Ever since the early days of modern British central banking, there has been a routine practice of “fixing” the price of silver.
Because gold prices were tied to currency during the gold standard days, the banks knew that if they issued excessive amounts of credit without buying the gold to back it, the free market would meet that supply by raising the price of precious metals, specifically silver.
Higher silver prices would usher in “paper games,” which are nothing new—bankers have been cheating the gold standard since the days of Kubla Khan.
That’s why all fund managers are attracted to safe havens today. In crisis times, you can make a fortune from staying protected.
From the instant the global economy turned to a purely fiat system with no tangible assets backing national currencies, the prices of both precious metals soared. It is the market’s way of correcting the over-inflated quantity of currency units (see cover image above).
By 1980, gold had briefly risen to a price where it covered 100% of USD money supply. What required $850 per ounce back then now demands a price tag of over $14,000 per ounce.
On a global basis, we’re looking at a price in the neighborhood of $23,000 per ounce.
As it stands today, gold merely covers 7% of it.
Rigging silver prices is not a question of if it’s happening anymore: Deutsche Bank agreed to settle out of court and pay $38M in response to a class action lawsuit.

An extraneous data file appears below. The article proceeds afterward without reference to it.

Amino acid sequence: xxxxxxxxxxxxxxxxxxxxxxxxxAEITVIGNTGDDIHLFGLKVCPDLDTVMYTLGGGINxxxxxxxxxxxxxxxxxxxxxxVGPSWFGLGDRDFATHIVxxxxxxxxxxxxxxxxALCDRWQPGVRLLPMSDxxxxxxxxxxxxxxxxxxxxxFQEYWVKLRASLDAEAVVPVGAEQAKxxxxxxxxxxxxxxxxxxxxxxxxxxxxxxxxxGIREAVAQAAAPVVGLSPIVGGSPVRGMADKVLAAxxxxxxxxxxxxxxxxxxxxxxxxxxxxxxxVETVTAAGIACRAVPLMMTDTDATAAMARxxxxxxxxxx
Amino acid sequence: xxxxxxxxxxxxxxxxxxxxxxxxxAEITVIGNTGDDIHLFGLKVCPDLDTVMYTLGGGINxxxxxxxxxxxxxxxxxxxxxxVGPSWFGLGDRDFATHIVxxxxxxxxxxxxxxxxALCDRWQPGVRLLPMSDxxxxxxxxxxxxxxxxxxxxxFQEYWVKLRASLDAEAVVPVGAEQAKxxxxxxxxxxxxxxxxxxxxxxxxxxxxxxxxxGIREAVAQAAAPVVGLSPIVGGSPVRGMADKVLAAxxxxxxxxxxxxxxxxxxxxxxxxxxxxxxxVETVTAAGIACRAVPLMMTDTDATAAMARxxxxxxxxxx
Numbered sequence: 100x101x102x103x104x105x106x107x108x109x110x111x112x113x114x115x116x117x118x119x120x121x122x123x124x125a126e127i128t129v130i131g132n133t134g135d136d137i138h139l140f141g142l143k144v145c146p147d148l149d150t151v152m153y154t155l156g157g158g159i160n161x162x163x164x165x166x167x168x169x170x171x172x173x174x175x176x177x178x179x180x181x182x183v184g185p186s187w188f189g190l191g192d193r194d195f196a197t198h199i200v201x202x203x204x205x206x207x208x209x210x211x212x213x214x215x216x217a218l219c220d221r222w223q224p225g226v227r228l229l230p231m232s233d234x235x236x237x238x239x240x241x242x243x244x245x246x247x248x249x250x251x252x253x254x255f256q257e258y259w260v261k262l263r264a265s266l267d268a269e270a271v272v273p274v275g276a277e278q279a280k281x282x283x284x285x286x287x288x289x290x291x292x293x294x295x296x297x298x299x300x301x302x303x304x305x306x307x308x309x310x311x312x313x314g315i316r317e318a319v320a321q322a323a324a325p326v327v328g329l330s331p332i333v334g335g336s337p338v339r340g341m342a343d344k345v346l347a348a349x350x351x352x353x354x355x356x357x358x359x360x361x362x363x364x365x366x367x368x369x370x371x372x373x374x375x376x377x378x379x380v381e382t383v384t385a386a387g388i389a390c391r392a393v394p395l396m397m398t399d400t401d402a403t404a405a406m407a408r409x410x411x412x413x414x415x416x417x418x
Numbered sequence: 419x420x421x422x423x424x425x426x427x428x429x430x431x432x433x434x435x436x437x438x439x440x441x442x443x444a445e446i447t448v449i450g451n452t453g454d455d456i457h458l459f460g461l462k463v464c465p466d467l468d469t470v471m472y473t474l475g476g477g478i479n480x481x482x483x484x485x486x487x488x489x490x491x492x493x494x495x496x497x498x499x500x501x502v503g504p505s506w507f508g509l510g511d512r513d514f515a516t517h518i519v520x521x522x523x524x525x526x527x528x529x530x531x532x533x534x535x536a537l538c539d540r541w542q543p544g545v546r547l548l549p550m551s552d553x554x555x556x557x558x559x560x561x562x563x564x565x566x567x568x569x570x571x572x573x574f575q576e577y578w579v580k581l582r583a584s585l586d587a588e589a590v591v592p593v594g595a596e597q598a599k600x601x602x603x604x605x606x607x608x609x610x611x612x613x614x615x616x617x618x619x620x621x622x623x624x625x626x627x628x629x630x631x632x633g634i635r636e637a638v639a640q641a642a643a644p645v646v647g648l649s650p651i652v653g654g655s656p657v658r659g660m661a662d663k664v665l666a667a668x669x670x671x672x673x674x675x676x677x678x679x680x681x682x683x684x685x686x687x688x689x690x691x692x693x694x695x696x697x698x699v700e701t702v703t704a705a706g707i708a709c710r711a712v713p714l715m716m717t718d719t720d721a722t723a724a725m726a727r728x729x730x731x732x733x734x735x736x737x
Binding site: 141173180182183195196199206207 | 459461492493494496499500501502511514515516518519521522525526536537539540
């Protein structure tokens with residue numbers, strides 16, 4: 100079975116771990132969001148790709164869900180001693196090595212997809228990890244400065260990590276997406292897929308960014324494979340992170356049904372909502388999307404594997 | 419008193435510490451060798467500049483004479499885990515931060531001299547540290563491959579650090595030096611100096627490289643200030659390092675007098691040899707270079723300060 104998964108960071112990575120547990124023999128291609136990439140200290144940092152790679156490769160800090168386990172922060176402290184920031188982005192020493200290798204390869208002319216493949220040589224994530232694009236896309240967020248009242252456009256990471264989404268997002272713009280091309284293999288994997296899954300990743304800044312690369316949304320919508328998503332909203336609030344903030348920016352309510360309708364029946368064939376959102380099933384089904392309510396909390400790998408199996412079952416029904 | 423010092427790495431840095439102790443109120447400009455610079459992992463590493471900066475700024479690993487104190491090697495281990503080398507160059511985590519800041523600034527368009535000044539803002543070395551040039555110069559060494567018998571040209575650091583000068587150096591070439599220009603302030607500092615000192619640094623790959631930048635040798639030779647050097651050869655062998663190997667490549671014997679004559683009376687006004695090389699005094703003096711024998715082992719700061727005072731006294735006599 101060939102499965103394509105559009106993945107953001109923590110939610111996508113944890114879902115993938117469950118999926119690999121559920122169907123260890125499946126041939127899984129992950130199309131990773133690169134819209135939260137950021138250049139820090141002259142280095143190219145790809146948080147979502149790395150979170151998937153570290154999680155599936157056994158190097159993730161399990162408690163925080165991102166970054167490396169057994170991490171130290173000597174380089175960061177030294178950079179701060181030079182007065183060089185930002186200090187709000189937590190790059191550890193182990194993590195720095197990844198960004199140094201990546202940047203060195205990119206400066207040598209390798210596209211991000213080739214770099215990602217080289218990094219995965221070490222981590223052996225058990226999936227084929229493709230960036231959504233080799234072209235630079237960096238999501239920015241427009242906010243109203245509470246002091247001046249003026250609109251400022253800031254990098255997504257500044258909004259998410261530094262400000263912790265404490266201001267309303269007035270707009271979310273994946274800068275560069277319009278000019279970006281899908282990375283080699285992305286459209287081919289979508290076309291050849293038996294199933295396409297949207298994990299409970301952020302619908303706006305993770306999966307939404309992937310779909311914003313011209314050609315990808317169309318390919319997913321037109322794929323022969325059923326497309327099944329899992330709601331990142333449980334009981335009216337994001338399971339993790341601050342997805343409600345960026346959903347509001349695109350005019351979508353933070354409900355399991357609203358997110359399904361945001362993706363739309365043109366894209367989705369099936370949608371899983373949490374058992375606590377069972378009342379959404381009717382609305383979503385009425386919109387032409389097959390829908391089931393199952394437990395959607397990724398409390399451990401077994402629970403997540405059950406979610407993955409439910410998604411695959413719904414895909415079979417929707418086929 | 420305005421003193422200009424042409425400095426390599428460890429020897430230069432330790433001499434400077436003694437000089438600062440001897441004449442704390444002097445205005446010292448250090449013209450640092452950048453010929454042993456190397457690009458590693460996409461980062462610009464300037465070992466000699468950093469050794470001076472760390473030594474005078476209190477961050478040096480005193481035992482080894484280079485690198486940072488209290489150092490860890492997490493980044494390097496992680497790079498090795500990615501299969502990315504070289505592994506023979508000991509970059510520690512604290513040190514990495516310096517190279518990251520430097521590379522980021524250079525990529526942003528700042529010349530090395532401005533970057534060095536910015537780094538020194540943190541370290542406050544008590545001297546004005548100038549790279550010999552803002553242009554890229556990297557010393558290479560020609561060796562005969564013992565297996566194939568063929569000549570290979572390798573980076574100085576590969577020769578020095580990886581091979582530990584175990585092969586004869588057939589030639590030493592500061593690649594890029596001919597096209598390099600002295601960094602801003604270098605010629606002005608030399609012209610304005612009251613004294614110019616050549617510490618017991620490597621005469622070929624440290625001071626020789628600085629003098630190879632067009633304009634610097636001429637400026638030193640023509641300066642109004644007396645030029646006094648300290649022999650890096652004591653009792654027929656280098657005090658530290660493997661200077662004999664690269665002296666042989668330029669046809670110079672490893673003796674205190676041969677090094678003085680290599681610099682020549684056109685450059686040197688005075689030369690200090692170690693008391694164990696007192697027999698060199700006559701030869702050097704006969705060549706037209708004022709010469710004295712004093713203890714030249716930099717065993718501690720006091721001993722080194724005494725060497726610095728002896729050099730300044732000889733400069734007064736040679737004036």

The rising attention of manipulation of silver prices by silver bullion banks is putting a stop to their behavior.
Banks now fear being accused of market manipulation by regulators, which has resulted in banks being cautious of adding liquidity during the daily auction.
Banks are now unwilling to intervene beyond putting in orders. They fear this might be interpreted as price manipulation, like Keith Neumeyer, our close contact has been saying for many years and in our latest interview.
The result is that the silver market is now unpredictable, and it’s finally free to discover its true value.
An amazing $9.8 trillion of gold paper trading took place on the world’s exchanges in 2016, compared with $42 billion in actual physical gold investment.
This was a paper-to-physical ratio of 233-to-1.
However, the amount of paper trading leverage in the silver market is much higher than that.
All the global silver investment demand last year adds up to a tiny $4.4 billion. It was nearly ten times less than all physical gold investments in 2016.
Central banks purchased $7 trillion from 2011 to 2016. If the central banks purchased $1 trillion in just the first four months of 2017, versus the $7 trillion from 2011-2016, something seriously wrong must be going on in the markets.
Regardless, $7 trillion is a lot of money when we compare it to the pathetic $32 billion invested in silver during the same period.
According to the data put out by the 2017 World Silver Survey, total paper silver volume on the world’s exchanges was 159,000 Moz. in 2016. In other words, the exchanges traded 180x more paper silver in 2016 than the global mine supply.